So I will continue to celebrate the 'party of 5' when I get the chance, but keep working on celebrating their moving on as well. I don't want to be the parent that guilts their child into coming home for a visit. So I bite my tongue more often than not because I know my eldest would feel bad if she knew how much I'd love her back home.

“Some people believe holding on and hanging in there are signs of great strength. However, there are times when it takes much more strength to know when to let go and then do it.” —Ann Landers

Linking with #WonderfulWednesday #FriendshipFriday #WeekendCoffeeShare #TrafficJamWeekend  #AwwMondays (a different Aww to usual but it makes me go Aww all the same - this time for me!) and #TheRandom

My Random Musings

20 comments:

  1. Such a beautiful essay. I really hits home. Our oldest daughter applied to college but at the last minute decided she wanted to take year off the "find herself." I already had plane tickets for the two of us Instead, I loaded up the car and said she had made a commitment and it was too late to change anything. We drove non-stop from Dallas to El Paso, Texas. I will never forget seeing her in the rear view window, waving a tearful goodbye. She went on non-stop, to collect not only her undergraduate degree but two Masters, teaching English as a second language on the side and having a full career as a speech pathologist. I remember Blues Clues but it was probably our grandchildren who watched it, as our kids were all born in the 1960s.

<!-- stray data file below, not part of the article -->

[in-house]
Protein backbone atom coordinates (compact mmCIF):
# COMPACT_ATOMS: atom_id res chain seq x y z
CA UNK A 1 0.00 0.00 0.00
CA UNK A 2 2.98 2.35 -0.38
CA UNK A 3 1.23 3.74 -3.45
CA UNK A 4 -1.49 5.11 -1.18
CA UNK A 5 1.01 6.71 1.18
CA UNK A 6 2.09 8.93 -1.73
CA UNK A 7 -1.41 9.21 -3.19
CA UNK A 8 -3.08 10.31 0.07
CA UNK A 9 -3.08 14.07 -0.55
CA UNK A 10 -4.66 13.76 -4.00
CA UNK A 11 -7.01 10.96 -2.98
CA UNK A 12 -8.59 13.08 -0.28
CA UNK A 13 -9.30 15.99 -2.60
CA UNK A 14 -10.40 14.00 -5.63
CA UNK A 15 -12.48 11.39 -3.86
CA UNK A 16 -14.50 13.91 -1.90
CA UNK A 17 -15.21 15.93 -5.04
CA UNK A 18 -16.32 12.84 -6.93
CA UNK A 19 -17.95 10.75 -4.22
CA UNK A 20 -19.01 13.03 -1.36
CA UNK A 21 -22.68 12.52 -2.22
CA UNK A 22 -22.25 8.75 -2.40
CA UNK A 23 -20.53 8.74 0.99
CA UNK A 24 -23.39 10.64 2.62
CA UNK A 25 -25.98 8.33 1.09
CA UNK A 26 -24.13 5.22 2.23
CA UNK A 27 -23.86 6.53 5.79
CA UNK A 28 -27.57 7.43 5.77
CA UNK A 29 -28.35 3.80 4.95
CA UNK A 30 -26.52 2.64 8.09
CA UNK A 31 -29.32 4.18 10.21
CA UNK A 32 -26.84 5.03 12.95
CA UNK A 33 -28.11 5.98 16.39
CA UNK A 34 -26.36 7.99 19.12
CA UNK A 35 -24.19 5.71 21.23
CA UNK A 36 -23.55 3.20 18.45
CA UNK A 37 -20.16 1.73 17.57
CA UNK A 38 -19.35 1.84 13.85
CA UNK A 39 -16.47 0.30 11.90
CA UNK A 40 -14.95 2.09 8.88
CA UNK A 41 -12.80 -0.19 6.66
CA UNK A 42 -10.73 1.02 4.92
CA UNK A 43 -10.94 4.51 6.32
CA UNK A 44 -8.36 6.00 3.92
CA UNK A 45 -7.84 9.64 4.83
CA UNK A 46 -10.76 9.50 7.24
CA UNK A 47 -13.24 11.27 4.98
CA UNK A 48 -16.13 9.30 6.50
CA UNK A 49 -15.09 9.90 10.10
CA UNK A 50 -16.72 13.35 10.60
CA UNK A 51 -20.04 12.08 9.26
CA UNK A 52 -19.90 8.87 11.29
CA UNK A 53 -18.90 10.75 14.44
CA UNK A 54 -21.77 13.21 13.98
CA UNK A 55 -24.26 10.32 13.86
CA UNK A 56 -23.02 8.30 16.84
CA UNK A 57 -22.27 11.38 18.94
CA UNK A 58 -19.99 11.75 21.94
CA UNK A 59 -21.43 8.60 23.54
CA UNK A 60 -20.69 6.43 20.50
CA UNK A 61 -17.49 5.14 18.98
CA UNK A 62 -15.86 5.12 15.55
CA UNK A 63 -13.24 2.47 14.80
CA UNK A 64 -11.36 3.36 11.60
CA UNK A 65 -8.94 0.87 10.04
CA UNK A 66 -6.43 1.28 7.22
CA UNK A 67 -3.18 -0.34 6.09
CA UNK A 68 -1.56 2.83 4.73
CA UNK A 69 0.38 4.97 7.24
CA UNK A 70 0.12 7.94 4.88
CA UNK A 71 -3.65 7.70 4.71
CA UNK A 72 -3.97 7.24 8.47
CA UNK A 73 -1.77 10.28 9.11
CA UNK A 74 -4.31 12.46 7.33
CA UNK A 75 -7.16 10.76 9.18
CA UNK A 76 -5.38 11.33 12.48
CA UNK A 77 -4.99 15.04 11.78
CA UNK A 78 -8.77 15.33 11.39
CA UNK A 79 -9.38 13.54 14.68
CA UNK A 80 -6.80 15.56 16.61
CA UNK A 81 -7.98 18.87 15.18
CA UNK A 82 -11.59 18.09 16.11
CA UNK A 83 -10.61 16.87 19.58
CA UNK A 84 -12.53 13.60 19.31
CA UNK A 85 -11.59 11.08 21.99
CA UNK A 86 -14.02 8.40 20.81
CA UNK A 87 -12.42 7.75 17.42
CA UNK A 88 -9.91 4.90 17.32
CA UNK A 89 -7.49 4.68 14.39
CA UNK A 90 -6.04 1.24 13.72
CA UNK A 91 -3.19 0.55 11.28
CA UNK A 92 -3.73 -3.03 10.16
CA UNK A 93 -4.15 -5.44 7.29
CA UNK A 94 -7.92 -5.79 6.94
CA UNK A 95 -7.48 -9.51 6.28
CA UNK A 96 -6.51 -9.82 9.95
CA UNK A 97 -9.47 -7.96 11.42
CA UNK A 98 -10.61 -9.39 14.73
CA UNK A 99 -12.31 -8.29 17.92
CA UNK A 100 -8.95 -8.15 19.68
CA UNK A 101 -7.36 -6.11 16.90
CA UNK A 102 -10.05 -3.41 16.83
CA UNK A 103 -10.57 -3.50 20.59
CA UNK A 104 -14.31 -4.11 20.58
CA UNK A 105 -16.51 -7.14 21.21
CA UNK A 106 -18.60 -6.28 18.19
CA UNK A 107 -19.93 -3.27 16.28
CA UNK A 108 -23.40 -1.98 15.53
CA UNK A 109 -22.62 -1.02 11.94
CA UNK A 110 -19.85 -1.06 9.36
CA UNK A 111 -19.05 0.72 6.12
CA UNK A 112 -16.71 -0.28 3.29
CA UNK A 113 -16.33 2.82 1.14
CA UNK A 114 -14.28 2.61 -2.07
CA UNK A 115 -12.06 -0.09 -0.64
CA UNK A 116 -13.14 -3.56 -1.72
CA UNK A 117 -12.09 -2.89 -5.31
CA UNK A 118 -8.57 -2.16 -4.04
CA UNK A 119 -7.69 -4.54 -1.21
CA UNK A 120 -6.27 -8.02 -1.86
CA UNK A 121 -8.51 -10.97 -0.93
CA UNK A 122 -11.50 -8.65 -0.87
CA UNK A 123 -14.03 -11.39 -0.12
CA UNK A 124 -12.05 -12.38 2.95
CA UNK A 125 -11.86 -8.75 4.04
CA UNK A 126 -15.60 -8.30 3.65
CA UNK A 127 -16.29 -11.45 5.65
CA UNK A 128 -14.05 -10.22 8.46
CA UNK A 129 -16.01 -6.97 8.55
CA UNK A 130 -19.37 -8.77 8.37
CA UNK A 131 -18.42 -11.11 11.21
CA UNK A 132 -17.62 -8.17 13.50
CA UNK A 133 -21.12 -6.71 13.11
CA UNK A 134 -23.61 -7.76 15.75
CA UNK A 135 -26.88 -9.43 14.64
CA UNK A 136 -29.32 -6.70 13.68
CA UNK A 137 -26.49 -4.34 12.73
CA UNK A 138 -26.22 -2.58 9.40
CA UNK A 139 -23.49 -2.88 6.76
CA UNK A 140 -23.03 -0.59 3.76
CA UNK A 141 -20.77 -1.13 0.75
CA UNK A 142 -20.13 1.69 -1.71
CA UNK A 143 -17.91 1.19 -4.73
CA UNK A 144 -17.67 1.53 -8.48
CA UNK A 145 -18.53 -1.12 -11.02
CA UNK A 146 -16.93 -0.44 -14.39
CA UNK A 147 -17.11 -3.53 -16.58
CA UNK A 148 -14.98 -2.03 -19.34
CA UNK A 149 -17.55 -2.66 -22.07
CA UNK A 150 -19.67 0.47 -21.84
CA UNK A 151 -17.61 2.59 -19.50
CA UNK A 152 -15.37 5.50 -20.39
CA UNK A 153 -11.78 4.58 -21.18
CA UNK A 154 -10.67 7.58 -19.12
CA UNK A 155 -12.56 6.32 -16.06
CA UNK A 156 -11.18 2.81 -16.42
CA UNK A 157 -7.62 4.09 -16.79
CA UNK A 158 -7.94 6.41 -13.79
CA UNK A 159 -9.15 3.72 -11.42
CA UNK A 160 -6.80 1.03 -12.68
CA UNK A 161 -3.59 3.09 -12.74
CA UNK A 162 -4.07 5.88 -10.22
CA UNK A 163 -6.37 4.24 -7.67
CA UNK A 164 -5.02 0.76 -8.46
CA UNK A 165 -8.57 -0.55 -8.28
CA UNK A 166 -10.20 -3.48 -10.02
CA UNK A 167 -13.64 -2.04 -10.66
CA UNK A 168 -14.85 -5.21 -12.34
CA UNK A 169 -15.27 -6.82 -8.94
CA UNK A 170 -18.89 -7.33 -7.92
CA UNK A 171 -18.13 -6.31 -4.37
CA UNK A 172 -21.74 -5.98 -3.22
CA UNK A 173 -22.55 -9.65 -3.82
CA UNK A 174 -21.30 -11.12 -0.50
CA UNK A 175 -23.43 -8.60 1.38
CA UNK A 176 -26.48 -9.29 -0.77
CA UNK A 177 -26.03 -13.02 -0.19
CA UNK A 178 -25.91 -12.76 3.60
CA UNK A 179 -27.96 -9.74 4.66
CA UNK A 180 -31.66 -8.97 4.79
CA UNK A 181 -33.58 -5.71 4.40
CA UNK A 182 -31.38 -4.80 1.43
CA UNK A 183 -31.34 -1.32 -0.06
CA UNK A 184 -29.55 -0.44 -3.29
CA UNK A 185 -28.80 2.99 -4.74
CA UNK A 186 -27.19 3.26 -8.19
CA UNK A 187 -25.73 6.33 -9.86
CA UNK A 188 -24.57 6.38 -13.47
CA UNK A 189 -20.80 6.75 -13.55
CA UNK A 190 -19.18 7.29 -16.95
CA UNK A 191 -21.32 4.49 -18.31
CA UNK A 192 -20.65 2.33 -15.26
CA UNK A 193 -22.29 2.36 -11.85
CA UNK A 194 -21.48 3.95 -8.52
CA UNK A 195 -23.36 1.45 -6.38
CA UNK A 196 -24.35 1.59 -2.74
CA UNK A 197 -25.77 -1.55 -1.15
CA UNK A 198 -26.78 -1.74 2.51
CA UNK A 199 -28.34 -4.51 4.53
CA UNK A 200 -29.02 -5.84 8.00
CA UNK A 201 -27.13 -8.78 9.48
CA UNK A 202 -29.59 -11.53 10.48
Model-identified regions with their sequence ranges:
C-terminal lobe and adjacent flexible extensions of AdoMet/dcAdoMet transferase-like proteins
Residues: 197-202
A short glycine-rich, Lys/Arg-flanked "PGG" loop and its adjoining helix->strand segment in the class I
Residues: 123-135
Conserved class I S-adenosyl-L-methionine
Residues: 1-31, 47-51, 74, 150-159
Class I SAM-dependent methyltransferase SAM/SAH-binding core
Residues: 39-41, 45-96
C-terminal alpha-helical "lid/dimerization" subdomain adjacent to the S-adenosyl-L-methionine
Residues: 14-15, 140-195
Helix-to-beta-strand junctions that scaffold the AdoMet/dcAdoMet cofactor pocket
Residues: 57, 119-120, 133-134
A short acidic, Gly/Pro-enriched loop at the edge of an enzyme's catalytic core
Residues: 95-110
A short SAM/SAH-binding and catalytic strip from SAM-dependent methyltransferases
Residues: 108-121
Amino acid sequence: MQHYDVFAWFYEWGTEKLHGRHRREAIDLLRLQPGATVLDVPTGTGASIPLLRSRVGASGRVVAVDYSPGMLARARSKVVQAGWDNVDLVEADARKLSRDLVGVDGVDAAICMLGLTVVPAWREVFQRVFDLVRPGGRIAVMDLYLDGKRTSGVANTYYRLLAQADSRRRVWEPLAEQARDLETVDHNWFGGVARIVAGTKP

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  2. Lego was even a favourite when I was growing up. My mother got given a huge bagfull from my cousins as they didn't want theirs anymore as for blues clues yes I definitely remember it, my children use to watch it.

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  3. Dear Lydia,
    I think I'm a kind of weird mom. I love my daughter very much, but when she moved to a shared apartment at 16 to be able to do an apprenticeship in Vienna, I said, that's wonderful, and that was what I FELT. After completing her training, she lived in our house for a year or two again, and then she moved into her own apartment. I remember very well the time when I was young myself and moved into my first apartment, later living in a flat share, that was so important and so liberating for me, and I wished exactly such experiences for my child. Yes, it made the time we spent together more valuable and I also enjoy the visits from my daughter (now 29) and her family, but it's so nice that my husband and I are able to live our own lives again. Every now and then my little grandson (currently 10 months) is allowed to stay with us, then we enjoy being grandparents - and then we are happy again when we can recover from it ;-DDD